Matt Bumgarner asked: "What do you think would have happened had the idiot governor of SC waited a mere 3 days more for Ft. Sumter to have been given up voluntarily due to dwindling water and rations? It was Gov Ellis who used Lincoln's call for troops to march upon SC to rally the state for secession. I wonder what might have been had the shots on Sumter not actually occurred." I believe that by 1861, the war was bound to break out at some point. Remember, it almost started in Pensacola, Florida, in January 1861, and cooler heads prevailed. So if it is not Charleston in April 1861, maybe it is Pensacola in May 1861, or Fortress Monroe in June 1861. For the people who made most of the political decisions, their bridges were already burning behind them in the spring of 1861.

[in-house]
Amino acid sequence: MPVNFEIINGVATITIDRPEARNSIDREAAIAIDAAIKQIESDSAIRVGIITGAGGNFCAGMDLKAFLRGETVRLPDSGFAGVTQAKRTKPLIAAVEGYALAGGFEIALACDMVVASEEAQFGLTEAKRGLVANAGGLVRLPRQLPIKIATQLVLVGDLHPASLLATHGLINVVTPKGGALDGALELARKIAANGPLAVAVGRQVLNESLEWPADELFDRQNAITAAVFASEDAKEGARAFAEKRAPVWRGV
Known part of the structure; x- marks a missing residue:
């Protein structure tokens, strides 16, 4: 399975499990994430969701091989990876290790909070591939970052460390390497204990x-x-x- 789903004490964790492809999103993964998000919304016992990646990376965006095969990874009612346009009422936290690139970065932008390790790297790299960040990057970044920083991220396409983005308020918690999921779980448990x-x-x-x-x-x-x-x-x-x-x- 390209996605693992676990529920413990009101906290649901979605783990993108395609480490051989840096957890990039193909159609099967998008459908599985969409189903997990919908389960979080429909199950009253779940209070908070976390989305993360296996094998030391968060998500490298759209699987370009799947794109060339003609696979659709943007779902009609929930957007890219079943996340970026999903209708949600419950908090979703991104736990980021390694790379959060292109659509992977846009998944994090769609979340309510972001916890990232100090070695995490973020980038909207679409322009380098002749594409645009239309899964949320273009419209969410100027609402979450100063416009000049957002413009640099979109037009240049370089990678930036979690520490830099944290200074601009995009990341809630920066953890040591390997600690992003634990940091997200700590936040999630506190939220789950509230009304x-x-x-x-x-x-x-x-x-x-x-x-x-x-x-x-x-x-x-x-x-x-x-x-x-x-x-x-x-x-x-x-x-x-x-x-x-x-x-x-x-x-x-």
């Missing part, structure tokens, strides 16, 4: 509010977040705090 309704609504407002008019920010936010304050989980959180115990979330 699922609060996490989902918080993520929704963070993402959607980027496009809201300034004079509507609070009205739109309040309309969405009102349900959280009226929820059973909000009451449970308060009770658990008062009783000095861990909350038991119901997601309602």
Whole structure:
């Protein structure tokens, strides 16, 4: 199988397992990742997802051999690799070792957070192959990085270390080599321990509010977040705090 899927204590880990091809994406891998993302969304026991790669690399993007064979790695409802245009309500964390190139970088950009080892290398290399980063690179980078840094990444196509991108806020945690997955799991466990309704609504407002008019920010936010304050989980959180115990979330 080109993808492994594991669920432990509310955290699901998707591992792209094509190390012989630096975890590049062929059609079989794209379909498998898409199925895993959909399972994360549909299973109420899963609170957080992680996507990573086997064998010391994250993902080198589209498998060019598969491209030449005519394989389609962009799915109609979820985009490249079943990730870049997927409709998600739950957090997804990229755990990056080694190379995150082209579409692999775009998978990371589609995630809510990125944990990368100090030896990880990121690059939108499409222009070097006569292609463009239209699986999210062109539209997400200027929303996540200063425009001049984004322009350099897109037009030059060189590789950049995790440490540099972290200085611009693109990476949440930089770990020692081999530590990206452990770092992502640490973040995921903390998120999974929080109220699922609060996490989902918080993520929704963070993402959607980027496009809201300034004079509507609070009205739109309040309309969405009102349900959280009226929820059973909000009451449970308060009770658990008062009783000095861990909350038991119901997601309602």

My darling Elizabeth asked: " What is your favorite/least favorite part of the writing process and why?" Well, I love the researching process the most - finding out these neat, little stories that have lain hidden for so many decades. And I really like the writing process, of putting all these things together. I do like meeting people and hearing their stories. I terribly dislike the traveling - pulling in all hours of the night, hotel rooms, etc., etc. Why do I dislike it? - I would really rather be at home.